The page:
As Colorado aims to reduce its prison population, Arkansas Valley officials fear a financial cliff
A controversial prison utilization study that has local government officials and businesses fretting over the future of Bent, Crowley and Otero county communities was released in January.
The study stems from a 2020 bill that originally sought to close all remaining private prison facilities in Colorado within five years, including those in Bent and Crowley counties. Those in favor of closing private prisons hope to see reduced prison sentences and fewer people incarcerated in Colorado.
A common argument by proponents of the bill is that for-profit incarceration is exploitation of people and doesn't incentivize correctional facilities to actually pursue effective inmate rehabilitation.
But many county and municipal officials in the lower Arkansas Valley contend that the area's local economies are doomed without the stimulating property tax revenues and job opportunities the prisons provide.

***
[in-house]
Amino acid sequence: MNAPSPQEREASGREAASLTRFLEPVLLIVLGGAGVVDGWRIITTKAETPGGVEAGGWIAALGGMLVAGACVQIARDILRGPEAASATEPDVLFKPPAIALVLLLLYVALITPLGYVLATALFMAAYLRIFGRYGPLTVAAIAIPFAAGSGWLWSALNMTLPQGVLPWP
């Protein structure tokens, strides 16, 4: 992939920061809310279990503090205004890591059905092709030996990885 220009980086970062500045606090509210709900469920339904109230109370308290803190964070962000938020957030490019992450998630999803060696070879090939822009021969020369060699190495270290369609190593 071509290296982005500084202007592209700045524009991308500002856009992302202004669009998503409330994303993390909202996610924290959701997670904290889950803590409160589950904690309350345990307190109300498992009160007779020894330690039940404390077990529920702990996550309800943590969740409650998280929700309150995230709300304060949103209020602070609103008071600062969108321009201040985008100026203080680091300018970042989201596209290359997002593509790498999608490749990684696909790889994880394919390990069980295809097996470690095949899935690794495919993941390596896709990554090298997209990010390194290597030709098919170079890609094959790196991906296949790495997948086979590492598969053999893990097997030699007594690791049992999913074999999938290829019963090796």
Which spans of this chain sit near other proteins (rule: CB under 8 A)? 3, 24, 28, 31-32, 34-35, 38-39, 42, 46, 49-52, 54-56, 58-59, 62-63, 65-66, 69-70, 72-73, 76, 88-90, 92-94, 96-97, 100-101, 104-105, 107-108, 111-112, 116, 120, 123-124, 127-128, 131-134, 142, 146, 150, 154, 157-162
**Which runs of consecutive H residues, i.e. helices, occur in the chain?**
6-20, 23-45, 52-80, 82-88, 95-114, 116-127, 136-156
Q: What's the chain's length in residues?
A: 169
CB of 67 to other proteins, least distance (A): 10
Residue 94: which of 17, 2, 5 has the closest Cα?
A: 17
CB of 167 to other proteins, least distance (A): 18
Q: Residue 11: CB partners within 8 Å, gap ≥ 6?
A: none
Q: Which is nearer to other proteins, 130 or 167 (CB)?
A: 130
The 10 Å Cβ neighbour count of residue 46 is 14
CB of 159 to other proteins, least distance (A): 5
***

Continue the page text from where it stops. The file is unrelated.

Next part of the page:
The prison study included recommendations on ways for Bent and Crowley counties to diversify their economies through attracting or developing other local industries such as agriculture and manufacturing, but many public officials and residents are skeptical that any such efforts would be effective.
They reason that their already disadvantaged economies are unattractive to outside industries, and the matter isn't helped by other issues such as locally owned water rights being sold to out-of-county entities.
Recommendations formed by the study's engineers, RPI Consulting and CGL Companies, are that the state's current prison population be maintained and for current facilities, including the CoreCivic-owned correctional facilities in Bent and Crowley counties, remain open at this time.
Key findings of the study are that the Bent and Crowley County Correctional Facilities provide substantial revenues for local governments and other public service providers in each area.
Correctional facilities help pay counties' bills